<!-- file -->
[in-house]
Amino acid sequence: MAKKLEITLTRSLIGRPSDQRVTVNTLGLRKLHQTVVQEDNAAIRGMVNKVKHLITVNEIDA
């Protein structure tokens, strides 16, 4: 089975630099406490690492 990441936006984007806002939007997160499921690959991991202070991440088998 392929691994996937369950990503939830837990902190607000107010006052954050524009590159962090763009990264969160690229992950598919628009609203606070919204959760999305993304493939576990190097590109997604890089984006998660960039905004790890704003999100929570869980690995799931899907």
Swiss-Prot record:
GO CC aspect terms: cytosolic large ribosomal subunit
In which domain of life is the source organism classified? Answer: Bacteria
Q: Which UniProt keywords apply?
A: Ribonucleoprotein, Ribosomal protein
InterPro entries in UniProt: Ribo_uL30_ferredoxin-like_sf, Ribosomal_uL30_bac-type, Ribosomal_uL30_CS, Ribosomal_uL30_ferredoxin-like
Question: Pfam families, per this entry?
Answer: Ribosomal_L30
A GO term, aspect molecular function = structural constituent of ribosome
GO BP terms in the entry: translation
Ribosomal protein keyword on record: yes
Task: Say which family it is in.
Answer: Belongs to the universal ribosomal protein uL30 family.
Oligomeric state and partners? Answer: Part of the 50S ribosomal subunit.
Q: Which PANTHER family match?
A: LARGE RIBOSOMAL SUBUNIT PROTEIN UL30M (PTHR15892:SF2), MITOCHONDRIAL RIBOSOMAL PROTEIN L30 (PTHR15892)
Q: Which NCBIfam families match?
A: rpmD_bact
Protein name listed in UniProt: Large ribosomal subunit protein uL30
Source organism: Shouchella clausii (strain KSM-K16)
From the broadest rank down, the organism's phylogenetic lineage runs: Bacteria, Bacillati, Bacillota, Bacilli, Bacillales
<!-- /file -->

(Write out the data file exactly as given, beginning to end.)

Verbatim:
[in-house]
Amino acid sequence: MAKKLEITLTRSLIGRPSDQRVTVNTLGLRKLHQTVVQEDNAAIRGMVNKVKHLITVNEIDA
């Protein structure tokens, strides 16, 4: 089975630099406490690492 990441936006984007806002939007997160499921690959991991202070991440088998 392929691994996937369950990503939830837990902190607000107010006052954050524009590159962090763009990264969160690229992950598919628009609203606070919204959760999305993304493939576990190097590109997604890089984006998660960039905004790890704003999100929570869980690995799931899907």
Swiss-Prot record:
GO CC aspect terms: cytosolic large ribosomal subunit
In which domain of life is the source organism classified? Answer: Bacteria
Q: Which UniProt keywords apply?
A: Ribonucleoprotein, Ribosomal protein
InterPro entries in UniProt: Ribo_uL30_ferredoxin-like_sf, Ribosomal_uL30_bac-type, Ribosomal_uL30_CS, Ribosomal_uL30_ferredoxin-like
Question: Pfam families, per this entry?
Answer: Ribosomal_L30
A GO term, aspect molecular function = structural constituent of ribosome
GO BP terms in the entry: translation
Ribosomal protein keyword on record: yes
Task: Say which family it is in.
Answer: Belongs to the universal ribosomal protein uL30 family.
Oligomeric state and partners? Answer: Part of the 50S ribosomal subunit.
Q: Which PANTHER family match?
A: LARGE RIBOSOMAL SUBUNIT PROTEIN UL30M (PTHR15892:SF2), MITOCHONDRIAL RIBOSOMAL PROTEIN L30 (PTHR15892)
Q: Which NCBIfam families match?
A: rpmD_bact
Protein name listed in UniProt: Large ribosomal subunit protein uL30
Source organism: Shouchella clausii (strain KSM-K16)
From the broadest rank down, the organism's phylogenetic lineage runs: Bacteria, Bacillati, Bacillota, Bacilli, Bacillales